But for now, we are tuned in and ready to start finding out about authors through author studies!

Murdoch, K. (1998). Classroom Connections: strategies for integrated learning. Eleanor Curtain Publishing: South Yarra, Australia.
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4 Comments (+add yours?)

  1. mrscordoba
    Mar 10, 2013 @ 01:01:01

    Bren thanks for sharing the exciting developments happening in your classroom. We often forget exactly what pre-learning looks like and its’ purpose in our eagerness to get right into the during-learning.

    Reply

  2. jeffmwoodcock
    Mar 10, 2013 @ 18:52:09

    Several things really stood out for me. The explanation of the tuning process is made so clear. You often hear so many teachers ask how an inquiry model can be connected to language/texts but I think this is a perfect example of what it could look like early on. I also really liked how the understanding continued to change and be documented. The images could really be helpful for your students’ parents and teachers alike to understand the process you’ve engaged in.
    I’m excited to hear where you go from here.
    Thanks for sharing.

    Reply

  3. Brady Cline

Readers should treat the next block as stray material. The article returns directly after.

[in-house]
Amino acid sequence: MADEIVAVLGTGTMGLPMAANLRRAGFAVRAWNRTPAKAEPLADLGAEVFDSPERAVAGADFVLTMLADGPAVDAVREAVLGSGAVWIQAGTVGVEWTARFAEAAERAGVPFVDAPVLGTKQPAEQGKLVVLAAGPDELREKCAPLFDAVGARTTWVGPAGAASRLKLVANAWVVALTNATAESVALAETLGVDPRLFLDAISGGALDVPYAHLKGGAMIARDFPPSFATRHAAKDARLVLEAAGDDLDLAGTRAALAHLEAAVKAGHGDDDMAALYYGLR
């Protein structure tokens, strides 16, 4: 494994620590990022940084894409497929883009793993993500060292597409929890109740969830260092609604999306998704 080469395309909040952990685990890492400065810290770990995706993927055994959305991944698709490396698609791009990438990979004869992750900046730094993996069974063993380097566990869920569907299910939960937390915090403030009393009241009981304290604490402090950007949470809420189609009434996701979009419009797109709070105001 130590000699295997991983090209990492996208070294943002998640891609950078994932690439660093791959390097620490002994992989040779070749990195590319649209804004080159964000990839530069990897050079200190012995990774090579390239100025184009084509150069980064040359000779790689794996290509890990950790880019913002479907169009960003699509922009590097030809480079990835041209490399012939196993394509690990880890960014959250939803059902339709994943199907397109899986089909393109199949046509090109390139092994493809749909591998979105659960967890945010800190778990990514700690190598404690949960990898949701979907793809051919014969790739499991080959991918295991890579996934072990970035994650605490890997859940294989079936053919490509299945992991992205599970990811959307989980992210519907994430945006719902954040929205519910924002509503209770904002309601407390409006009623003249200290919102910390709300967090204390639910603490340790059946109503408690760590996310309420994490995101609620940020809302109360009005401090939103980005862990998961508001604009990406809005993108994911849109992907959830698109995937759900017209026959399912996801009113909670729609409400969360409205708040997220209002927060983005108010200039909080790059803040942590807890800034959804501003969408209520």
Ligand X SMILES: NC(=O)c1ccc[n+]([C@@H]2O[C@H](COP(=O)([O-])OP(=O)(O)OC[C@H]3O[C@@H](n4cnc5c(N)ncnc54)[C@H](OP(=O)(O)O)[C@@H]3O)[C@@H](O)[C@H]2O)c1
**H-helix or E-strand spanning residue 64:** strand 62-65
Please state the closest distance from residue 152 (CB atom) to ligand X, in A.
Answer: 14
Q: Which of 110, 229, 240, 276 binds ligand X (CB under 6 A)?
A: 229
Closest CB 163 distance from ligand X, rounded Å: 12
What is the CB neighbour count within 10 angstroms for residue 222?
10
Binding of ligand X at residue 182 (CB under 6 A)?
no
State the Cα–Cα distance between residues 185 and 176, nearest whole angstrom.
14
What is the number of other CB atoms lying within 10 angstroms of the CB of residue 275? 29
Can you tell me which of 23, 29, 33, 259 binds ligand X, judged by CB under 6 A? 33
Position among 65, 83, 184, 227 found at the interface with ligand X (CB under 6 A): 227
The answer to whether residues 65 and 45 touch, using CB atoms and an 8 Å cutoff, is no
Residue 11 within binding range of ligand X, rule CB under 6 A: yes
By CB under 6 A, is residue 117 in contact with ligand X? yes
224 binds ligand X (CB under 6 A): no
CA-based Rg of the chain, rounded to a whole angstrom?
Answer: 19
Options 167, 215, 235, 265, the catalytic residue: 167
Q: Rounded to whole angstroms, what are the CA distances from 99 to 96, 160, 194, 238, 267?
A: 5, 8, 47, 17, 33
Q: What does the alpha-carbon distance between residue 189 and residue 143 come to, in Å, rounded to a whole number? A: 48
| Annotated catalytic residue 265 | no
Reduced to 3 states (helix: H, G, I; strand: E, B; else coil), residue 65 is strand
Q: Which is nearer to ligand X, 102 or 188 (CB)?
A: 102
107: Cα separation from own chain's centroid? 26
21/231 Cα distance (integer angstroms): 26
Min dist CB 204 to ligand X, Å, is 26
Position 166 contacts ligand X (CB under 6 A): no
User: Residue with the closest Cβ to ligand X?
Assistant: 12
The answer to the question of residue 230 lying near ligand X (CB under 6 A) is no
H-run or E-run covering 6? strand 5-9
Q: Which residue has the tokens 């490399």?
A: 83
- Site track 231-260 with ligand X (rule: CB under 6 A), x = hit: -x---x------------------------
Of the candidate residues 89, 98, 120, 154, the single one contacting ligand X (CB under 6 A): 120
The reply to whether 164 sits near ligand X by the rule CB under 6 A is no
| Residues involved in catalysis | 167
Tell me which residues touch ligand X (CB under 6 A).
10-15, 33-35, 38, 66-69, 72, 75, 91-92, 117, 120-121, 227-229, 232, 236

Mar 14, 2013 @ 04:39:28

    Approximately how long did each part take? Over a few days or?

    What’s great about this description of inquiry is that it doesn’t sugar-coat it to make it seem like it’s a quicker process than it is. This stuff takes time if we really want to let the students do the unpacking. Unfortunately, this can be really difficult for teachers for two reasons: personal patience and the pressure of delivering content. Despite these challenges, this post illustrates how rewarding it can be.

    Reply

  4. brenchan
    Nov 14, 2013 @ 02:55:01

    An epilogue…..
    I’ve re-read my post on author studies, and have thought about ways this could have been done more effectively.
    One idea I have is to delve straight into author studies, leaving the construction of generalisations until mid-way through, or whenever the students start making them themselves, to give students a chance to develop and connect their ideas as they inquire, rather than ‘force’ it at the start of the unit.
    I also think this would allow for more natural inquiry, bouncing back and forth between the various phases of inquiry as we read, compare and contrast, as opposed to going around the cycle ‘in order’.
    I always enjoy reflecting on my practice in order to do it better next time! 🙂
    Brenna
    PS: in response to Brady’s question- this process took three consecutive days, with each part of the process identified above being done on a different day.

    Reply